This article was originally published by Radio Free Europe/Radio Liberty and is reprinted with permission.
U.S. Ambassador to Moscow John Sullivan says Washington and Moscow are unlikely to see their relationship become more productive “anytime soon.”
Relations between the two nations have worsened to near post-Cold War lows since Russia launched its unprovoked invasion of Ukraine on February 24, for which the United States and European Union have slapped Russia with several rounds of crippling sanctions.
Russian President Vladimir Putin has called the invasion a turning point in Russian history, a revolt against the hegemony of the United States, which Putin says has humiliated Russia since the collapse of the Soviet Union in 1991.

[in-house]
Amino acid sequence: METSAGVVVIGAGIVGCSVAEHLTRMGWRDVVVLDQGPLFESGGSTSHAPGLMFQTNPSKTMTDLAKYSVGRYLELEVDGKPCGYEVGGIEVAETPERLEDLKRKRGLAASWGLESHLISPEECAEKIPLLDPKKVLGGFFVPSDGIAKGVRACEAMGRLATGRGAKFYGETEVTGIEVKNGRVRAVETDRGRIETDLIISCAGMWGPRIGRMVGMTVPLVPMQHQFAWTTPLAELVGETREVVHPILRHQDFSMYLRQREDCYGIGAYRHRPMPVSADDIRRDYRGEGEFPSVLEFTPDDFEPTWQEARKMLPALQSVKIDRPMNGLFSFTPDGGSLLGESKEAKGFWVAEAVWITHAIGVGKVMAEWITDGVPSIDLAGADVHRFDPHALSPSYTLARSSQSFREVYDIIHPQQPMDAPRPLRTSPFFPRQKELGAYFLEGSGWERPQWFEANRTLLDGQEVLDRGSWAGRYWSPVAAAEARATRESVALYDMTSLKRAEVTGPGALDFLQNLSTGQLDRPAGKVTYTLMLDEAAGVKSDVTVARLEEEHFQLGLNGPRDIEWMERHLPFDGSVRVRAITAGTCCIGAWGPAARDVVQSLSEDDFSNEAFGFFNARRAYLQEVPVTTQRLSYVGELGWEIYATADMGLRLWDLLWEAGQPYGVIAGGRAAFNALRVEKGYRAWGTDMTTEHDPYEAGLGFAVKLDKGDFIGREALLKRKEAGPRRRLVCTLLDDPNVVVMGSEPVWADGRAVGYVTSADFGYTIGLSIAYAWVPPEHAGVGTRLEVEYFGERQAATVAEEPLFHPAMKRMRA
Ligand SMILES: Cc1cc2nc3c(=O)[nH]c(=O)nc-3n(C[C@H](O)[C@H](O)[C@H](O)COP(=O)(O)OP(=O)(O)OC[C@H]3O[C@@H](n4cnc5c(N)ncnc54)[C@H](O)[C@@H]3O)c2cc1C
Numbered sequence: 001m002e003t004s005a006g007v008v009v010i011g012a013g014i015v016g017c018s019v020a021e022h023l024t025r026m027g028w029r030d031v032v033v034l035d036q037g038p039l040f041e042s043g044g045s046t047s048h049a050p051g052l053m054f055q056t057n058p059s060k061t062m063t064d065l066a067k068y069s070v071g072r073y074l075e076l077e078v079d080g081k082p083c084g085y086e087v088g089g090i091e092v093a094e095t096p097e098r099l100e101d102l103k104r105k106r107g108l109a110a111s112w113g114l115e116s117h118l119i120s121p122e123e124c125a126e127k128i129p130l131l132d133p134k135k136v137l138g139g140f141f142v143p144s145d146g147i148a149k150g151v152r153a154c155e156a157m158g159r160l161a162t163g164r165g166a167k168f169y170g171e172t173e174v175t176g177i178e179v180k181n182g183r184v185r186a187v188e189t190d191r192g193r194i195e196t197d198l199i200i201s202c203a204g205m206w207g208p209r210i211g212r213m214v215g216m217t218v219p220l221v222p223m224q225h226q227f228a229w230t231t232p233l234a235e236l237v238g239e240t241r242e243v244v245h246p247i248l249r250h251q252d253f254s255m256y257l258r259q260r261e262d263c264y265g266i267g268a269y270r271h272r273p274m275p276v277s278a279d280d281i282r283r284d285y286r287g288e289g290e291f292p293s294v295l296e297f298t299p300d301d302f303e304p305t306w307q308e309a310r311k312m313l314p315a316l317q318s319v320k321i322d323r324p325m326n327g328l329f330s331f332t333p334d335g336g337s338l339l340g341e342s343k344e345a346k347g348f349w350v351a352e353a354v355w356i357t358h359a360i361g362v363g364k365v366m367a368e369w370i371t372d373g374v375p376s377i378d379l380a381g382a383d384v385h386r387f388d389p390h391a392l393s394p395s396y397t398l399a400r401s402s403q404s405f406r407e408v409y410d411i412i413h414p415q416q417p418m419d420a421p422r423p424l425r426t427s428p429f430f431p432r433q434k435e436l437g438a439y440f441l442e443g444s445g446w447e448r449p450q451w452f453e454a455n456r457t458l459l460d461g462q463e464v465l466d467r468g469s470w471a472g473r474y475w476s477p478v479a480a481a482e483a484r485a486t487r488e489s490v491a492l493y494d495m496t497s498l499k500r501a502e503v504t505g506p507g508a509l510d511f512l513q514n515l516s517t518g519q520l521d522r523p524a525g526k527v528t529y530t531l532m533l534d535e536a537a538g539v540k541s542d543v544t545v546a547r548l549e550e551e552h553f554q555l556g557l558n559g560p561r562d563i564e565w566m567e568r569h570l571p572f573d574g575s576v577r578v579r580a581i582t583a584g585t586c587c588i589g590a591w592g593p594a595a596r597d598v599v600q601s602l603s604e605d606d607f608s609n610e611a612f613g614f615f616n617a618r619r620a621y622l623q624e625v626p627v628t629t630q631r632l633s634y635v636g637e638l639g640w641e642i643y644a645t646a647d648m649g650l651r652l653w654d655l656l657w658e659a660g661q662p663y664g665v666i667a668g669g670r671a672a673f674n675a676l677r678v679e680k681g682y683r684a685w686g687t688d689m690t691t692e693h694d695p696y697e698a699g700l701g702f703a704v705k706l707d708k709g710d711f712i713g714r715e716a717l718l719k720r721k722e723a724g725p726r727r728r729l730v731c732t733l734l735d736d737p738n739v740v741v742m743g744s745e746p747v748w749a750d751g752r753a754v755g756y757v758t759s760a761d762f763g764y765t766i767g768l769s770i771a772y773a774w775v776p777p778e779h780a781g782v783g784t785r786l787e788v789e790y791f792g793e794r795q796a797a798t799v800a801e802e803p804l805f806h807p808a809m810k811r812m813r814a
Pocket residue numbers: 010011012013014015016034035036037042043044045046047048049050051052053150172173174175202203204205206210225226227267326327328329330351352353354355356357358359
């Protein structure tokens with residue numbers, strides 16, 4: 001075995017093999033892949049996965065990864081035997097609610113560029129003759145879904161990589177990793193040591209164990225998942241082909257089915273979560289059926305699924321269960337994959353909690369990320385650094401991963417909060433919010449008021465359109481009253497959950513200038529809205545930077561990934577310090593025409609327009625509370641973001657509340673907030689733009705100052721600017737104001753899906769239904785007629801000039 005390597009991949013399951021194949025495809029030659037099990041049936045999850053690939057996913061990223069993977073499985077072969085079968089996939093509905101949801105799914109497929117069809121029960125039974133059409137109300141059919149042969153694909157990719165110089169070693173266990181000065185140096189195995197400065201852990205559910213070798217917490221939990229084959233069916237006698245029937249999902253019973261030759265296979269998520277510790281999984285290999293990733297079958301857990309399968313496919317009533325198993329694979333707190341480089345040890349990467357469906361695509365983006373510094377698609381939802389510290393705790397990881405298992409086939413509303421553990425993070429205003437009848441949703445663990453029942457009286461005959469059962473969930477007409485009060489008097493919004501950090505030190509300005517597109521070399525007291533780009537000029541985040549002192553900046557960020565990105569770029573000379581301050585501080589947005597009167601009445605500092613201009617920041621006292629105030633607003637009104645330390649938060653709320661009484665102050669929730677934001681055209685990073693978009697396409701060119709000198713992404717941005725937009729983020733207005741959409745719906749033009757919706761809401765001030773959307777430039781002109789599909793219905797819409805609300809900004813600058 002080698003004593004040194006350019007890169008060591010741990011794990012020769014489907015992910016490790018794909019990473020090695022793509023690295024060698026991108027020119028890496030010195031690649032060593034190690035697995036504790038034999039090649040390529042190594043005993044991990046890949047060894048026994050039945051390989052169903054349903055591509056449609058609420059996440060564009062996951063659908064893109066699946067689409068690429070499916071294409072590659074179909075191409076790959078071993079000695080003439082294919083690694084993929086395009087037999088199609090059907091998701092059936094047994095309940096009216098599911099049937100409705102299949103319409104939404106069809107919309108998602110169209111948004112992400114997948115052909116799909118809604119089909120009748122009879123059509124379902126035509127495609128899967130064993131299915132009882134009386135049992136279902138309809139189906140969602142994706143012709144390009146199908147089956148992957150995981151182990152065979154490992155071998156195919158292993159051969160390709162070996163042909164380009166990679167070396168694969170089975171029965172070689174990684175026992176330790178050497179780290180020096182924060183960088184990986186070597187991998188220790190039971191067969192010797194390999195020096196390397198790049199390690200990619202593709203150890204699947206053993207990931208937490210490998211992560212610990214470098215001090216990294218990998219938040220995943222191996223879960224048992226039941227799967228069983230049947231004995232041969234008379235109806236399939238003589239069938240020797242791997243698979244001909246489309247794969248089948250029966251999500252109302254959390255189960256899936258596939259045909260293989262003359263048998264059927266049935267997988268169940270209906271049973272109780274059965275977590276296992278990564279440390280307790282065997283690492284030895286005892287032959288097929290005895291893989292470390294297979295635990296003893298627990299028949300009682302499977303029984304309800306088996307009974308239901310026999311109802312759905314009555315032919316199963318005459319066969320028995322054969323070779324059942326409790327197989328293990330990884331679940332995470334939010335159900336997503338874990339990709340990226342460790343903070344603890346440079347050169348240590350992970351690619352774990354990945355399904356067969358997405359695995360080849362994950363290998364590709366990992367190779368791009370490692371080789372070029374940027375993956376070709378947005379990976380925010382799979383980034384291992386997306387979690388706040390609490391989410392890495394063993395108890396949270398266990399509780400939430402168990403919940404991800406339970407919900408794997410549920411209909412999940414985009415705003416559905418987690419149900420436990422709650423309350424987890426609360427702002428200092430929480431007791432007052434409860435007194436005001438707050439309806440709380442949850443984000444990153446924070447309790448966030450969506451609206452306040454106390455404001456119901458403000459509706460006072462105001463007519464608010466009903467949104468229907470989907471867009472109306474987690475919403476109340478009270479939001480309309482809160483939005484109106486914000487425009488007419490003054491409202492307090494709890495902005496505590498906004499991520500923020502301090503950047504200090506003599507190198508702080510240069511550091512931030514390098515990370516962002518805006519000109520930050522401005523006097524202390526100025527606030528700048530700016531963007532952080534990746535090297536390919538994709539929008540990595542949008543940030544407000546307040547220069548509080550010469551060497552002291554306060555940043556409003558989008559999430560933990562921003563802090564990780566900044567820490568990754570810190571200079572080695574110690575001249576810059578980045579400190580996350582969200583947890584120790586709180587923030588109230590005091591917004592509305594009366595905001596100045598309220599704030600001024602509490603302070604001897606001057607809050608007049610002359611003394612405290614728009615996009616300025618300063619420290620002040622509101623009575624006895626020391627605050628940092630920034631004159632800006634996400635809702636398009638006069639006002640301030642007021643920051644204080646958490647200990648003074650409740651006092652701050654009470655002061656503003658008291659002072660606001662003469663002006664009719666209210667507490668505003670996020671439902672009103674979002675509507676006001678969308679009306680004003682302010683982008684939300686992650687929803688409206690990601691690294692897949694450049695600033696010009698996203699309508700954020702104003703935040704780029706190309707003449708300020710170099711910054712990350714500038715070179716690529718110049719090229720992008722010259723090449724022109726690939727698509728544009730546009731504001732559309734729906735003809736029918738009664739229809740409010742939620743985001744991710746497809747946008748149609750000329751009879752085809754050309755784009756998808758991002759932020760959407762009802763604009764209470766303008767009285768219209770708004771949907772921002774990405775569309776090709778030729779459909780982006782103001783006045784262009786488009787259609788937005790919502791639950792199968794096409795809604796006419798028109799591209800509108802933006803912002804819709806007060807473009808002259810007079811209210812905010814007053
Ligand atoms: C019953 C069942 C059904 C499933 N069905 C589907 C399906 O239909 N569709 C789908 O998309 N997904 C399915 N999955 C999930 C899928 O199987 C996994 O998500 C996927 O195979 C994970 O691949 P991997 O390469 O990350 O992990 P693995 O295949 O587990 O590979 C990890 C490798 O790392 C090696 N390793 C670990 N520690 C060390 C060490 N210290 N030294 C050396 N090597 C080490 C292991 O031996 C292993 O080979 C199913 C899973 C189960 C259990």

“I hesitate to make a prediction that Russia and the U.S. are never going to have a more productive relationship. What I can’t say is how long it is going to take. In the current atmosphere, it is not happening…not in my lifetime,” Sullivan told the TASS news agency in an interview on June 6, adding that “for the United States, President [Joe] Biden has made our position very clear: no business as usual with Russia.”
“One of our standard talking points from both sides, from the Russian side too, was that we have reached a low-point in U.S.-Russia relations in the post-Cold War era,” he emphasized.
Sullivan returned to Moscow in June 2021 after being recalled two months earlier when the United States and Russia announced tit-for-tat sanctions and diplomatic expulsions.
Sullivan said that despite the crisis in relations, Russia should not close the U.S. Embassy in Moscow as channels must remain open to ensure dialogue continues.
“We must preserve the ability to speak to each other,” Sullivan stressed, adding that closing the embassies of the world’s two biggest nuclear nations “will be a mistake.”